Have you ever been the victim of one of these scammers?

Charlottesville Restaurants Doing Well with Social Media (Part 2)

By Communications, Social Media

In December of 2010, I wrote about the casual restaurants in Charlottesville that I thought were doing a pretty good job using social media  A plethora of others have opened and joined the social web since then, and those I wrote about at that time are still going pretty strong.

I was willing to go to the web to see what other favorites were out there.



[blackbirdpie url=”https://twitter.com/#!/DanaMarieAdams/status/188286924383989760″]


[blackbirdpie url=”https://twitter.com/#!/gingergermani/status/188292965612011520″]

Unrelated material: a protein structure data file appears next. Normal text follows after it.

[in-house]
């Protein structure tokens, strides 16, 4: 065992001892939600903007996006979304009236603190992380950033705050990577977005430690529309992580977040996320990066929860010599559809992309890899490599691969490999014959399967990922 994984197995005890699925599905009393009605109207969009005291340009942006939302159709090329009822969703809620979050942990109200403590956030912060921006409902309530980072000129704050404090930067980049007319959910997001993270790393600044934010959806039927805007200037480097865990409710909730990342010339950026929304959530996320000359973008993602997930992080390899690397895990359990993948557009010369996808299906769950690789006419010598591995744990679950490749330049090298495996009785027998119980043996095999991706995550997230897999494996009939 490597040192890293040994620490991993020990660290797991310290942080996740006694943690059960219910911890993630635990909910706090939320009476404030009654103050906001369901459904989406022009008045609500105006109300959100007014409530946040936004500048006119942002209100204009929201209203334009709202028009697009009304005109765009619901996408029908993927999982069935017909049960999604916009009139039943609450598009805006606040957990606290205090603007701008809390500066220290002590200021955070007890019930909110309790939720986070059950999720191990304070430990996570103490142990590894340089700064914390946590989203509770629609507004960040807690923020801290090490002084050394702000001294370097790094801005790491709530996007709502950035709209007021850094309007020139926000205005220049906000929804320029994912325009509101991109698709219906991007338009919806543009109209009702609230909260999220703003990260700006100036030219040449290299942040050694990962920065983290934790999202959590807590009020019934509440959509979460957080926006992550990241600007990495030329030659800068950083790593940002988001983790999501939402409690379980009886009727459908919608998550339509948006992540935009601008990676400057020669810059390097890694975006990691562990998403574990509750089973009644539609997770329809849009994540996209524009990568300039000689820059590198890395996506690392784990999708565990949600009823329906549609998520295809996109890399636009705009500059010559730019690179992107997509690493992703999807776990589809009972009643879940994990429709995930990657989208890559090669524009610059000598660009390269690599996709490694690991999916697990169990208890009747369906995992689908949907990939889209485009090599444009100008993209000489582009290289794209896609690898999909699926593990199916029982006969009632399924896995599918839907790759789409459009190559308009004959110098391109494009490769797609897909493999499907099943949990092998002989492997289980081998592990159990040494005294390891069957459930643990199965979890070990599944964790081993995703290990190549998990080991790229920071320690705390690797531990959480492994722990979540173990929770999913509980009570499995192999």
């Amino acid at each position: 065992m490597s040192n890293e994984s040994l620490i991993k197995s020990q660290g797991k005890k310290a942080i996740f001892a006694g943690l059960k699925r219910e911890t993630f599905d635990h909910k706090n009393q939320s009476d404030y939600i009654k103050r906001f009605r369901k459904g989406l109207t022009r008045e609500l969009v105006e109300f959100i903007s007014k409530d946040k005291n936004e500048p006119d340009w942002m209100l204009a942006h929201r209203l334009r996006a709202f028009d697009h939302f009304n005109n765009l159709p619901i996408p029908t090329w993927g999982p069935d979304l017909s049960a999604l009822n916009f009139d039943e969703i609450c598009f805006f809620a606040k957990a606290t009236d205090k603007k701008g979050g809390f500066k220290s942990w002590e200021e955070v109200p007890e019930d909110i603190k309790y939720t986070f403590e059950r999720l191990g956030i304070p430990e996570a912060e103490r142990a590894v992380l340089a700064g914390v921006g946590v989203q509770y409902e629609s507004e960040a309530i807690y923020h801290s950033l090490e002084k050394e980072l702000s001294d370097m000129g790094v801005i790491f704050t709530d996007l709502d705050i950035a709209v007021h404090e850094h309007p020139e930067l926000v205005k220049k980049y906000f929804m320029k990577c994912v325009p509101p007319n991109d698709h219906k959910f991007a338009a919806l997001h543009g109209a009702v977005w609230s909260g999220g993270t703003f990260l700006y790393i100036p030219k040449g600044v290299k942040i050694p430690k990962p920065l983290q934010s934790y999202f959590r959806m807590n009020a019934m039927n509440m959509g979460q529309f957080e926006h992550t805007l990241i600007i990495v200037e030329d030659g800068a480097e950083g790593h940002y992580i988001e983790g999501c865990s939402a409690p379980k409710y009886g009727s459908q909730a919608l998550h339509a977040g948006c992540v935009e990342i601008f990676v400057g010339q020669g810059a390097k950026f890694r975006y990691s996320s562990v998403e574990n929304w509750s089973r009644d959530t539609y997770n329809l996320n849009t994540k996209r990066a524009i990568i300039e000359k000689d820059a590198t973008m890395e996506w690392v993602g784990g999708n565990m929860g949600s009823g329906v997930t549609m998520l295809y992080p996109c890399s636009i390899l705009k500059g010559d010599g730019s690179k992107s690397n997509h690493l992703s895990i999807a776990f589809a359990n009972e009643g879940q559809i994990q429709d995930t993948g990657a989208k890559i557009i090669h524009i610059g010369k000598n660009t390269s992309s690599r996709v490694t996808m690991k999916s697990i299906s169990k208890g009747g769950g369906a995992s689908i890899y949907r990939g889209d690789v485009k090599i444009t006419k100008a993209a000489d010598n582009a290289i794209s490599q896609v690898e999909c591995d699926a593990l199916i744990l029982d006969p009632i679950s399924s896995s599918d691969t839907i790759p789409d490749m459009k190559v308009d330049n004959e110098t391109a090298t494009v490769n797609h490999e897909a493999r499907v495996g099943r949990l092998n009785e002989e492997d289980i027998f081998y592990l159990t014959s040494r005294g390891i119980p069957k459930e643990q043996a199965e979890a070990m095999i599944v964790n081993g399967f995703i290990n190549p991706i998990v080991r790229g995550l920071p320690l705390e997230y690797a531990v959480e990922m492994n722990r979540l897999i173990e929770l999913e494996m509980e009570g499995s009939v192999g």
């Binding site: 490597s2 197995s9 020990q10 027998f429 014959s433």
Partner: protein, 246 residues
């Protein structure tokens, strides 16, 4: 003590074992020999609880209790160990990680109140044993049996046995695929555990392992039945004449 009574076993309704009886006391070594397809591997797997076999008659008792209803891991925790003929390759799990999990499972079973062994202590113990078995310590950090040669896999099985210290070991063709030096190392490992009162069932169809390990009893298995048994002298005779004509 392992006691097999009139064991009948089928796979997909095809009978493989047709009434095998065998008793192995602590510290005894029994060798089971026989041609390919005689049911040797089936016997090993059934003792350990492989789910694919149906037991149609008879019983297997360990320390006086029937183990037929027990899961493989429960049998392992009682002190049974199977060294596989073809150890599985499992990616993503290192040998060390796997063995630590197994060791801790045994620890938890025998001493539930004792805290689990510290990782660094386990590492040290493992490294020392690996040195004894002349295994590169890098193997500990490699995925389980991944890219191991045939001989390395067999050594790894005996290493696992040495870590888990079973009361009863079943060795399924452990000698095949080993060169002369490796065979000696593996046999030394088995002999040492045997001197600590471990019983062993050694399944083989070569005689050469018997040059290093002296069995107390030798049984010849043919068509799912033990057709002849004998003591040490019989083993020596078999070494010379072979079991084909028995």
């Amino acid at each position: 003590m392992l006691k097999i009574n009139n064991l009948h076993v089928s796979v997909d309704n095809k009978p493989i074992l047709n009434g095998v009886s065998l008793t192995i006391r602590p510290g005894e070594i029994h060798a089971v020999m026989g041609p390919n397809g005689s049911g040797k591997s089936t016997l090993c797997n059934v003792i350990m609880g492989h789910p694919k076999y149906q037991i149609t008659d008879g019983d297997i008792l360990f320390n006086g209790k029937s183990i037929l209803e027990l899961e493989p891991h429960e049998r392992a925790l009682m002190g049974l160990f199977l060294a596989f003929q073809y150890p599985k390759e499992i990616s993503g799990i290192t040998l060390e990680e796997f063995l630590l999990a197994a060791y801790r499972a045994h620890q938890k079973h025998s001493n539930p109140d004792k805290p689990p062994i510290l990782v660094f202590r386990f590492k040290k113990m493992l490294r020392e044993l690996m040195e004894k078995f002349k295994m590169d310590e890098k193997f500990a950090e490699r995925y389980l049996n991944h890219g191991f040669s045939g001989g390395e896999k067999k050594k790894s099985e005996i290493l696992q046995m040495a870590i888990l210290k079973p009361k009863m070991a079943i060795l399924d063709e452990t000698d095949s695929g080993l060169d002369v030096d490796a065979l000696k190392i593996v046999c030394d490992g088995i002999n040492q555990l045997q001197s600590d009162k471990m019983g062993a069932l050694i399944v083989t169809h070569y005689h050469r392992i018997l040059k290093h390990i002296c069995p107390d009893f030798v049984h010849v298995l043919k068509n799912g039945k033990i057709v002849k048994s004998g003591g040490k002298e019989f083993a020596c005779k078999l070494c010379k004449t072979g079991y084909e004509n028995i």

[blackbirdpie url=”https://twitter.com/#!/saw2w/status/188289299303768064″]

What do you think people like to see restaurants post?

Nothing frustrates me (or the common social media user) more than when they face a lack of responsiveness. A while ago I asked a grocery chain for the location of their food truck. I asked via Facebook. I asked via Twitter. I wanted to know THAT DAY. (I was hungry).

A week passed and I finally got a response.

Not good enough.

If you’re going to have a presence online in a local market as a restaurant serving the people in that market and the many people just passing through, you must have someone dedicated to being present online in that space.

Every. Single. Day.

I know, it’s hard. But gee, you have people eating in your restaurant every day. You have people cooking and washing dishes and serving in your restaurant every day. So get on it. Be present, and watch your business grow.

Now, who wants some delicious pork belly?

It’s OK if You Don’t Get It

By Corporate Strategy, Social Media

Hi, it’s Erika again.